(Phys.org) —A low-cost wastewater treatment system built entirely with recycled materials and parts from hardware shops will help transfer Australian expertise to classrooms in Tunisia.
Engineers from UNSW have teamed up with a visiting research fellow from Tunisia to develop a sustainable, "do-it-yourself" membrane bioreactor (MBR) – a system used to treat residential and industrial wastewater so the effluent can be safely discharged or reclaimed for irrigation.
"Agriculture is one of the most water-intensive sectors and has led to the over-exploitation of groundwater resources in Tunisia. Consequently, safe reuse of reclaimed water is now a necessity, not just an option," says Assistant Professor Olfa Khelifi from the University of Tunis El Manar, located in the Tunisian capital.
"In many rural areas we have small agrifood factories whose operations are very water intensive," she says. "If we could introduce a low-cost treatment technology, I think these businesses, and other industries, would be very interested in adapting these systems."
She says this would also have significant environmental benefits as it could help initiate better oversight of how wastewater is discharged.
Khelifi came to UNSW for one month with the help of a $20,000 grant from the Council for Australian-Arab Relations – an initiative run by the Department of Foreign Affairs and Trade.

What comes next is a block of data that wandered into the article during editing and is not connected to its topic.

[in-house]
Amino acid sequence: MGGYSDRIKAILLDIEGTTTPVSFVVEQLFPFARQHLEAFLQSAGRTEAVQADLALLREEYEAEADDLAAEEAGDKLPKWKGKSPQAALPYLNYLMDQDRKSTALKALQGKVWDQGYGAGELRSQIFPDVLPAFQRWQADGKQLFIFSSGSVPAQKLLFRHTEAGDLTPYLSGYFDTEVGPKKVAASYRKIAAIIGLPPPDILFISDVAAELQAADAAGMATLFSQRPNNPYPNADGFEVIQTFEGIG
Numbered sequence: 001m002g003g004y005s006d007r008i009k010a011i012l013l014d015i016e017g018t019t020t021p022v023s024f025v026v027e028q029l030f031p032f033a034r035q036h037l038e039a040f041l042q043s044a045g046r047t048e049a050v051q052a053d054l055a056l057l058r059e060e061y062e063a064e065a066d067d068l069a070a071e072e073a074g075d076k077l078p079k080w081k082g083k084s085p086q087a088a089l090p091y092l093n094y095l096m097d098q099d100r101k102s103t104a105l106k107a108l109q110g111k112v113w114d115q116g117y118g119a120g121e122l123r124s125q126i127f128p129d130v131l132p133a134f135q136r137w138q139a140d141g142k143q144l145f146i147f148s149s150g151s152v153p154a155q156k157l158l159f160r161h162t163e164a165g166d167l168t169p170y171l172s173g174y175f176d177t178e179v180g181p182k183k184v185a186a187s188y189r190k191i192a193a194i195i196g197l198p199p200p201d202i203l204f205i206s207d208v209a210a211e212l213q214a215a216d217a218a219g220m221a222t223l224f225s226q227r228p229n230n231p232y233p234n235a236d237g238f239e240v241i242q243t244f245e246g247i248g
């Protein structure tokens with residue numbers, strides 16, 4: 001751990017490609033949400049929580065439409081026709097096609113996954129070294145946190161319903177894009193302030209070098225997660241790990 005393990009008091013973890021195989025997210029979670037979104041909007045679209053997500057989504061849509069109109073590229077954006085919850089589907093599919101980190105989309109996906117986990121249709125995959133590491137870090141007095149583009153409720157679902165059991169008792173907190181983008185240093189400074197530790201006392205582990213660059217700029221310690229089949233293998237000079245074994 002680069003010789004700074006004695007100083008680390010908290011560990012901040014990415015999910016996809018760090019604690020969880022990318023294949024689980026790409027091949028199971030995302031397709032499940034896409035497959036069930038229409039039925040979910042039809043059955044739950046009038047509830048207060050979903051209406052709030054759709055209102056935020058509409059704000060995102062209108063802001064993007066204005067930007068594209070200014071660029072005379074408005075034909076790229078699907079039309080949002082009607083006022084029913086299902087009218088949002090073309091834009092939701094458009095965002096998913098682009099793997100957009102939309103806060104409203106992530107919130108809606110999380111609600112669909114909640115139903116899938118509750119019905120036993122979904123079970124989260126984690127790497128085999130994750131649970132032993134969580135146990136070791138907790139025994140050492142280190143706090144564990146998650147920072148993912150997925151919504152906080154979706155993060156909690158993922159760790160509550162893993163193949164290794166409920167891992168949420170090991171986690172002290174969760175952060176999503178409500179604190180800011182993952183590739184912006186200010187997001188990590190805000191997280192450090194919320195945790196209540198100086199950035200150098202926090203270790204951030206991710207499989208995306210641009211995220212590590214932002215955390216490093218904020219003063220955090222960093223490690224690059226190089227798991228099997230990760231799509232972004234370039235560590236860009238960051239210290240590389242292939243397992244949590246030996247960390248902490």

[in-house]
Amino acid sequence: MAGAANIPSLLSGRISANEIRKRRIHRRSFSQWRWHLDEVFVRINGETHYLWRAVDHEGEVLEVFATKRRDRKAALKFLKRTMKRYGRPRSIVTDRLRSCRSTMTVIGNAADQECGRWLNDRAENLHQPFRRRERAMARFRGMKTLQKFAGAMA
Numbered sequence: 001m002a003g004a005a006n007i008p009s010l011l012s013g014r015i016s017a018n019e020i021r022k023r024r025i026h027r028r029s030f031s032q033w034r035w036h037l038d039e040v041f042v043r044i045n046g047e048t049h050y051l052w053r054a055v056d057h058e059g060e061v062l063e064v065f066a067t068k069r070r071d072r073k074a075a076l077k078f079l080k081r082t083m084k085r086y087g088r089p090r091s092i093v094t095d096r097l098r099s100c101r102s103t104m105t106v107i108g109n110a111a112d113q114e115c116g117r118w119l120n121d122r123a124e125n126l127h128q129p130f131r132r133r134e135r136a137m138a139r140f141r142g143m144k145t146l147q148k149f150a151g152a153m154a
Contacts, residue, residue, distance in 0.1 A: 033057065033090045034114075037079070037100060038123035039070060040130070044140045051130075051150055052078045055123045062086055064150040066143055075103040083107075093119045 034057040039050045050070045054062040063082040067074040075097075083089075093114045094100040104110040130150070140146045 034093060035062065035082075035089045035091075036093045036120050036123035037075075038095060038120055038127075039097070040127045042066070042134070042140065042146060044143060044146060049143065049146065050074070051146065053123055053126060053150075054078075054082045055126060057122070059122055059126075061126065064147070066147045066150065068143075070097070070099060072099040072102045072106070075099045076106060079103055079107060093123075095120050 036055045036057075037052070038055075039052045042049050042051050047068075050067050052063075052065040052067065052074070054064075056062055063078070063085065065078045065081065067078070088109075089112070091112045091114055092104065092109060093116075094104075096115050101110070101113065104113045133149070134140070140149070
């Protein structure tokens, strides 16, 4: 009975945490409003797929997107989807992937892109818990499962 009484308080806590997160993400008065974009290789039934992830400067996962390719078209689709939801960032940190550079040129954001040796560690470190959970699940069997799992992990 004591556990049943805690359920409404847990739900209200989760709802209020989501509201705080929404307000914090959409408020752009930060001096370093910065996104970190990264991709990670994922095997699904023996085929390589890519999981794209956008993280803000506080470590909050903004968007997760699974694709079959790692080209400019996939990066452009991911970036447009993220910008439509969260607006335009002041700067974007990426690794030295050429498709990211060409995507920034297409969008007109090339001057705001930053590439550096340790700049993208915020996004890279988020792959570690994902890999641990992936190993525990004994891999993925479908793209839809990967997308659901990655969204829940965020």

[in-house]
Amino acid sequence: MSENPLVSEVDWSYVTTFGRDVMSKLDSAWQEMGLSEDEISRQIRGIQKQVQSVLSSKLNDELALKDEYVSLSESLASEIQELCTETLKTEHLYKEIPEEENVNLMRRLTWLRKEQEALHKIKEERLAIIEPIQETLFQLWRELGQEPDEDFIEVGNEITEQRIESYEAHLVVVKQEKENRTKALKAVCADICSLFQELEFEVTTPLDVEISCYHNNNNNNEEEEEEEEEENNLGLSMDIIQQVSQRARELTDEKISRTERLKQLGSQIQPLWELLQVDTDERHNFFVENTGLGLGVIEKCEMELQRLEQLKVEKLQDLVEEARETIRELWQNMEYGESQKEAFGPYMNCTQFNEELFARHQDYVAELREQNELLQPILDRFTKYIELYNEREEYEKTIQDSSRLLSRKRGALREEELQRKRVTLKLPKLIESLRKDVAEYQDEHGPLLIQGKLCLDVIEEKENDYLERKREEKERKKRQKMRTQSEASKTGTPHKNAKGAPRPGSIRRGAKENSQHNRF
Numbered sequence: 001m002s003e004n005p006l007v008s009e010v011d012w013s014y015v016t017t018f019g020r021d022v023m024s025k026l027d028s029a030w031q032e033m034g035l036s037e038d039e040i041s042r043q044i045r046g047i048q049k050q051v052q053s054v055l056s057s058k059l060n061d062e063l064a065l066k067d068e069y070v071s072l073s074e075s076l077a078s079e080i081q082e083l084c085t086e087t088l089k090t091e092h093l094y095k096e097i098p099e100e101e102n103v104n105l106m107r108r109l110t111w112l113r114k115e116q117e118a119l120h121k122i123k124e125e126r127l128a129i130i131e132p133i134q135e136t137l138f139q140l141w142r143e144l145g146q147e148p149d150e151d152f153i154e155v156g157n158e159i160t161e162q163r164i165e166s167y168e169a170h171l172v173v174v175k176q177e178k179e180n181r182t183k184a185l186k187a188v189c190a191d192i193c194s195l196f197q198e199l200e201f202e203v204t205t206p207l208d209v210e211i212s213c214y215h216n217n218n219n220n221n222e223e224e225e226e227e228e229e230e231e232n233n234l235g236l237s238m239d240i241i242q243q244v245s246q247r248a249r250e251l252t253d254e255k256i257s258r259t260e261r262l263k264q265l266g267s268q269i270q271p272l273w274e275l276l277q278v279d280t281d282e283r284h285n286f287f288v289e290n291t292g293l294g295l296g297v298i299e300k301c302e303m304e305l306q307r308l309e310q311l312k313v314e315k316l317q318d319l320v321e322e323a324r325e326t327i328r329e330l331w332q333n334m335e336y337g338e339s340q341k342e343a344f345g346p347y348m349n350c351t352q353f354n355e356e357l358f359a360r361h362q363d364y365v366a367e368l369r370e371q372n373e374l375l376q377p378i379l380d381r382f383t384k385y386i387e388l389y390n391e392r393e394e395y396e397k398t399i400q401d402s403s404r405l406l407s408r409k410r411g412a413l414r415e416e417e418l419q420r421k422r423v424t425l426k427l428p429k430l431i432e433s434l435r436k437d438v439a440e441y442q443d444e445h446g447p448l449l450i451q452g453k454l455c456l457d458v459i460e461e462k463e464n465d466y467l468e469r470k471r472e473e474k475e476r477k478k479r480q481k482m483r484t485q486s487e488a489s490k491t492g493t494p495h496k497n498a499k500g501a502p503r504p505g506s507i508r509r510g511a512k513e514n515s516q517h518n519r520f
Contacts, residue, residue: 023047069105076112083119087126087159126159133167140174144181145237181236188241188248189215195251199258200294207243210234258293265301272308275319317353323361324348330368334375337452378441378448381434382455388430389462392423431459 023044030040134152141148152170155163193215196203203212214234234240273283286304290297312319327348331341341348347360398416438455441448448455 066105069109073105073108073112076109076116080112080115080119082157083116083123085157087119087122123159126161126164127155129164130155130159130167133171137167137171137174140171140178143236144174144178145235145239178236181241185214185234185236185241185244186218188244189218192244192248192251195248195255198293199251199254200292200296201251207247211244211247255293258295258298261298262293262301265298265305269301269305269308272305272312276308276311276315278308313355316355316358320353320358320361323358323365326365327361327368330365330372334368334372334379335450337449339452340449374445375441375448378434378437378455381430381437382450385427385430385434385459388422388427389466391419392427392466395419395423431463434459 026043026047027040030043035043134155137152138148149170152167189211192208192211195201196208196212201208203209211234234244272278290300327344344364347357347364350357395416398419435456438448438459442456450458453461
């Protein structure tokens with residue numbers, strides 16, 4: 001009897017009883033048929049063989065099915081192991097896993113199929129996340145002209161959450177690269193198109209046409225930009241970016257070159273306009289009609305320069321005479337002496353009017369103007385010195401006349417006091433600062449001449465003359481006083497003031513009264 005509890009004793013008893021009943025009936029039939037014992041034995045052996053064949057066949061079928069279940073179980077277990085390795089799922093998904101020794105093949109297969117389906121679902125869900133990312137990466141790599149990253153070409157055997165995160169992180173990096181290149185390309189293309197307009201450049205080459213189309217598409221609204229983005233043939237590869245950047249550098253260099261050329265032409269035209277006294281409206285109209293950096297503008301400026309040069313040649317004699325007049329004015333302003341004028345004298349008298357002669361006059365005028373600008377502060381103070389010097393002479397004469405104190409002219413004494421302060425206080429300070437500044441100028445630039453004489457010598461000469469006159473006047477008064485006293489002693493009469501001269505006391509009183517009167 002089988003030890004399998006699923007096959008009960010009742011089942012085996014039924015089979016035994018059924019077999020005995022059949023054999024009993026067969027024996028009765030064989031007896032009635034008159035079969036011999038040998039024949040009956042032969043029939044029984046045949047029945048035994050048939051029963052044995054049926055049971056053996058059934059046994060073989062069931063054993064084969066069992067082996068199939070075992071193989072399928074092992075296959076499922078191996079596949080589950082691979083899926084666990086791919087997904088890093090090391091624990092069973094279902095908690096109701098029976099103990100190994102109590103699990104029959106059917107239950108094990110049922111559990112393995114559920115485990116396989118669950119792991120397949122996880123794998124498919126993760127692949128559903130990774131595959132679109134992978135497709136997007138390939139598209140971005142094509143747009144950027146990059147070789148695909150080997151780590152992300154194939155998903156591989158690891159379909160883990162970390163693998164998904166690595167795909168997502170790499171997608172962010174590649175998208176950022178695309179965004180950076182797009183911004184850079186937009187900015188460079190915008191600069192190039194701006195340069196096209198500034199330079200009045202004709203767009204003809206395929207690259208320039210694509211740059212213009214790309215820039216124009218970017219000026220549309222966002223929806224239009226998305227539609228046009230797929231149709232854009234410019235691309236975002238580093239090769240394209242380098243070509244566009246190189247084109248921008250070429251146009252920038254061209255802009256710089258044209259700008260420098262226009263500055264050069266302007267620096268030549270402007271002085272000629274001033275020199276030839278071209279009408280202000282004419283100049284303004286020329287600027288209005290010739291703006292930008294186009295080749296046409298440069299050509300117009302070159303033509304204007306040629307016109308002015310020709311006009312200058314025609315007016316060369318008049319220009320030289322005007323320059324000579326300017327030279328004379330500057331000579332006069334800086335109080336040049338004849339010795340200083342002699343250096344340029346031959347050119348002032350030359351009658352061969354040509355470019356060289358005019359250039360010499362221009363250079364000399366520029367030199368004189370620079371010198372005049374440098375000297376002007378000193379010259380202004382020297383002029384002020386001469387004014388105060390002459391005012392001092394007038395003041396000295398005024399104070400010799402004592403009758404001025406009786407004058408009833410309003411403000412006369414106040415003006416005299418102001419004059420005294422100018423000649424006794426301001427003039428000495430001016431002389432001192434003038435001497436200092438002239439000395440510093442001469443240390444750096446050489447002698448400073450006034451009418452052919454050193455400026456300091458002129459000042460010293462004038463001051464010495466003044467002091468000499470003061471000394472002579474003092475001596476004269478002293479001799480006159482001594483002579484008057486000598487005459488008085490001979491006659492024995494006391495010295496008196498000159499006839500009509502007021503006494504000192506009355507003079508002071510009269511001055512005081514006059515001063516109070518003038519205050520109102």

She has worked with environmental engineer Dr Stuart Khan and chemical engineer Dr Pierre Le-Clech from UNSW to develop the sustainable treatment system.
The UNSW researchers have considerable experience building lab-scale MBRs for research purposes, but these incorporate technical components and cost roughly A$20,000. This expense is a major obstacle for reproduction in Tunisia.
Their simplified system, which uses recycled materials and inexpensive parts, comes in around $2,500 – approximately one-eighth the cost.
"This is small-scale and will be used primarily as a teaching resource, but it does work," says Khan, a senior lecturer in the School of Civil and Environmental Engineering. "We wanted an operable system so we could accurately determine how well it was removing organic carbon from the water."
The objective is to give students the chance to work with a physical system and to teach them how to measure and assess how the system is working, he says. "We're also putting together a handbook on how to build these small teaching resources."
The system is the main component of a new wastewater management training course, based on existing Australian materials, but adapted for Tunisian students and industry professionals. The researchers hope the course can also benefit other developing countries with water security concerns.
Explore further: Sewage lagoons remove most—but not all—pharmaceuticals